Read the full article here.
- Include a saturday lunch date in your request
This is especially important if you are looking for a host who has similar age kids. First it’s important to include in your request that you would like to meet a family with similar age kids or just young kids in general but including a saturday lunch date will help increase your chances since the parents have a day off, their kids will be awake and ready to play and everyone is happy and will be ready to meet you.
- Request to meet at an earlier time for dinner
If you are only available for a dinner time and want to bring the kids back to the hotel by bedtime, ask to meet at an earlier time. We have many hosts with young kids who already request to meet at an earlier time in their personal messages to guests so many will be happy with the arrangement.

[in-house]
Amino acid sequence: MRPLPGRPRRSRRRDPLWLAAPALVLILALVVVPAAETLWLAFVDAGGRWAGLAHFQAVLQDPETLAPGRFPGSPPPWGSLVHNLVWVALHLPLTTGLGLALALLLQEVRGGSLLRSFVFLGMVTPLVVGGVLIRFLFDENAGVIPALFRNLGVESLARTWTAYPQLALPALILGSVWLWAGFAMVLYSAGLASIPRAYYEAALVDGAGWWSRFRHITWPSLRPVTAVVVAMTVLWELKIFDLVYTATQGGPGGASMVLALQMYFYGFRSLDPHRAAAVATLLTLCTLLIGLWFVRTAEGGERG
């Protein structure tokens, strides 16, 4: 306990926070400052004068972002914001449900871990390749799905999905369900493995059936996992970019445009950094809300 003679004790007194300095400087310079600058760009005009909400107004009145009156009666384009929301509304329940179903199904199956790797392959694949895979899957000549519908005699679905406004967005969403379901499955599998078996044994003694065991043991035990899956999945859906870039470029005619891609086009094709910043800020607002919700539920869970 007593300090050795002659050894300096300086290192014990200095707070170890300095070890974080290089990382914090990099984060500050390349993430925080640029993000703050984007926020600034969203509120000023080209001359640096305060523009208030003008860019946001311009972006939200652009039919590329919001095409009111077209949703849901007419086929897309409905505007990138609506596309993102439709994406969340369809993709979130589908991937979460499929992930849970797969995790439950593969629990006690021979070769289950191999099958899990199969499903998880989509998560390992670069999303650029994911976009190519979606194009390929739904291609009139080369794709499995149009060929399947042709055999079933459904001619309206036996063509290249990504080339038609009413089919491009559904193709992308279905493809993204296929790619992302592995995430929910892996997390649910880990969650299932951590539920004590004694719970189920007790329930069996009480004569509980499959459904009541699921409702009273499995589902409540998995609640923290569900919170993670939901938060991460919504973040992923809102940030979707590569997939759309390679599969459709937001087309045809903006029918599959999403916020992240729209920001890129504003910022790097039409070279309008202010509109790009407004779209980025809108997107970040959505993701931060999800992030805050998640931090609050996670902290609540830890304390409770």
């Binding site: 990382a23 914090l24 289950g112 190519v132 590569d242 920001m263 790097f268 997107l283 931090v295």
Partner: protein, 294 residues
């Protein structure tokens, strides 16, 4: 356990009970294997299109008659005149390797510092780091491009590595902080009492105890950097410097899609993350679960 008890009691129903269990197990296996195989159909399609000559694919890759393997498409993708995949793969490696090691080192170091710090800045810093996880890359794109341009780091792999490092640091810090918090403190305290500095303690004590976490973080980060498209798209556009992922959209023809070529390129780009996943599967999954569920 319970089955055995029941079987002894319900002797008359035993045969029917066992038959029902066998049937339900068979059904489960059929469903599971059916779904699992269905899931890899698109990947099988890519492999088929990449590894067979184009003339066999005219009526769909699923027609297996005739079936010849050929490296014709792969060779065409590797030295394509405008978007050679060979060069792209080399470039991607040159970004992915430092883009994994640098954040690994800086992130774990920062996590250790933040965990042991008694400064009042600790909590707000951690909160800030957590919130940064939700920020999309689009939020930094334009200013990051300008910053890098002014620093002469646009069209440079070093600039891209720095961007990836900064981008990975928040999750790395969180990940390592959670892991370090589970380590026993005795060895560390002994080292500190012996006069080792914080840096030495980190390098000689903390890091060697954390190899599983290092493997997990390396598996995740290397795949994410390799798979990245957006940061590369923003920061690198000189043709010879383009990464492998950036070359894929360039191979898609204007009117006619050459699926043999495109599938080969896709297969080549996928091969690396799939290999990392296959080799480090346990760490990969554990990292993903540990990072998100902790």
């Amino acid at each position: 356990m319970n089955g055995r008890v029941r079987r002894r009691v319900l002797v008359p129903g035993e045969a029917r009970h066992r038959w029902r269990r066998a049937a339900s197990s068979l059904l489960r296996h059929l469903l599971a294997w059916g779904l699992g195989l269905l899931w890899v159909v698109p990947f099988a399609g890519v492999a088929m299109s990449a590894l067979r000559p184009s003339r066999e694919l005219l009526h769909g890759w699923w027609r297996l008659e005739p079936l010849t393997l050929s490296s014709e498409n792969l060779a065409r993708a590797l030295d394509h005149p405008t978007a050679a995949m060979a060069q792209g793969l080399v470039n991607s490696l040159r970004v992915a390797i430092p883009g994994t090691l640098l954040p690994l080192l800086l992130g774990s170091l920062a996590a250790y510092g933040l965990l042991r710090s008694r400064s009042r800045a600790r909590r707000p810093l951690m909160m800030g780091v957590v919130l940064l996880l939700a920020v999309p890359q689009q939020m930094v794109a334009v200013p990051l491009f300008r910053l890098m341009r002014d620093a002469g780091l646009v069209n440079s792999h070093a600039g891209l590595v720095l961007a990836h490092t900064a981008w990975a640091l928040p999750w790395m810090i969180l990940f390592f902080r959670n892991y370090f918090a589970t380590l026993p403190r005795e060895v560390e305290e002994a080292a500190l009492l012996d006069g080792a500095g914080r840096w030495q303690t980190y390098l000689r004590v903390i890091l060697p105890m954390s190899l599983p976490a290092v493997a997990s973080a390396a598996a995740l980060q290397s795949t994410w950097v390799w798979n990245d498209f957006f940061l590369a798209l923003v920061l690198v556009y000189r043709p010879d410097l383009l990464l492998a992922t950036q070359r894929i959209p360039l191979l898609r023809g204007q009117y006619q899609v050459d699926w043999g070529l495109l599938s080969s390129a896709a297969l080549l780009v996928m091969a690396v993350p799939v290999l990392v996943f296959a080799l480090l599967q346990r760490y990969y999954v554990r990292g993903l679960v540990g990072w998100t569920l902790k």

- Suggest an activity in addition to eating
You will be eating lunch or dinner with your host for sure and most likely the host already has a play area with a bunch of toys or something ready especially if they have similar age kids but if you would like to have the kids play at a neighborhood park, playground, mall before eating so they will be less restless, don’t be afraid to ask! Or your host may have some ideas too. See what some of our past family Nagomi Visitors have done.
Other tips might be sharing your host’s profile beforehand which is important for anyone participating regardless of age, teaching your kids some Japanese phrases they might be able to test out, or if you have a local game or something your kids would want to teach the host kids, you can bring that too. Get creative with your Nagomi Visit experience!